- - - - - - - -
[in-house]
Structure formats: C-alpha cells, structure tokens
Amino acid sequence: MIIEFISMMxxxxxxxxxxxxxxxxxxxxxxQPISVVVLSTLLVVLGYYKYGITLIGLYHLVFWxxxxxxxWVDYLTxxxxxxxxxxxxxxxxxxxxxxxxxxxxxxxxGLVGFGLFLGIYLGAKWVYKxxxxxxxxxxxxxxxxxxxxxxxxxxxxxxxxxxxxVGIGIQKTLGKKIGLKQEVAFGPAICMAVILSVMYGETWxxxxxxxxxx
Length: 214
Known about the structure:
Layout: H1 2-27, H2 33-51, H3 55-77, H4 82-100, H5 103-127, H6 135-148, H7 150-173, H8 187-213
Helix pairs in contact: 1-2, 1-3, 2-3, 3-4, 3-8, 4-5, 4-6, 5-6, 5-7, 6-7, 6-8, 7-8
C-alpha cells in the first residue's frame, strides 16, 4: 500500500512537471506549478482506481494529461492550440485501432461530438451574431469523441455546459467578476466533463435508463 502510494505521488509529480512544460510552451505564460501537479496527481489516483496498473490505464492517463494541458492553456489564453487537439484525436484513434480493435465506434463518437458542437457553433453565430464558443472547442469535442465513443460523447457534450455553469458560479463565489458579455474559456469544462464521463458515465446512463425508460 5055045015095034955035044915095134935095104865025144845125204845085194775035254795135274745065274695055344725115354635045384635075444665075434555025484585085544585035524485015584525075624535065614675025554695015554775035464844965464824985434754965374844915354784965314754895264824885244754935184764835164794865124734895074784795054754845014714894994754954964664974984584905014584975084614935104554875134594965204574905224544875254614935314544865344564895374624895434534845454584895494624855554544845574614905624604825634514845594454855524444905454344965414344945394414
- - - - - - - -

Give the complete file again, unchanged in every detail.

[in-house]
Structure formats: C-alpha cells, structure tokens
Amino acid sequence: MIIEFISMMxxxxxxxxxxxxxxxxxxxxxxQPISVVVLSTLLVVLGYYKYGITLIGLYHLVFWxxxxxxxWVDYLTxxxxxxxxxxxxxxxxxxxxxxxxxxxxxxxxGLVGFGLFLGIYLGAKWVYKxxxxxxxxxxxxxxxxxxxxxxxxxxxxxxxxxxxxVGIGIQKTLGKKIGLKQEVAFGPAICMAVILSVMYGETWxxxxxxxxxx
Length: 214
Known about the structure:
Layout: H1 2-27, H2 33-51, H3 55-77, H4 82-100, H5 103-127, H6 135-148, H7 150-173, H8 187-213
Helix pairs in contact: 1-2, 1-3, 2-3, 3-4, 3-8, 4-5, 4-6, 5-6, 5-7, 6-7, 6-8, 7-8
C-alpha cells in the first residue's frame, strides 16, 4: 500500500512537471506549478482506481494529461492550440485501432461530438451574431469523441455546459467578476466533463435508463 502510494505521488509529480512544460510552451505564460501537479496527481489516483496498473490505464492517463494541458492553456489564453487537439484525436484513434480493435465506434463518437458542437457553433453565430464558443472547442469535442465513443460523447457534450455553469458560479463565489458579455474559456469544462464521463458515465446512463425508460 5055045015095034955035044915095134935095104865025144845125204845085194775035254795135274745065274695055344725115354635045384635075444665075434555025484585085544585035524485015584525075624535065614675025554695015554775035464844965464824985434754965374844915354784965314754895264824885244754935184764835164794865124734895074784795054754845014714894994754954964664974984584905014584975084614935104554875134594965204574905224544875254614935314544865344564895374624895434534845454584895494624855554544845574614905624604825634514845594454855524444905454344965414344945394414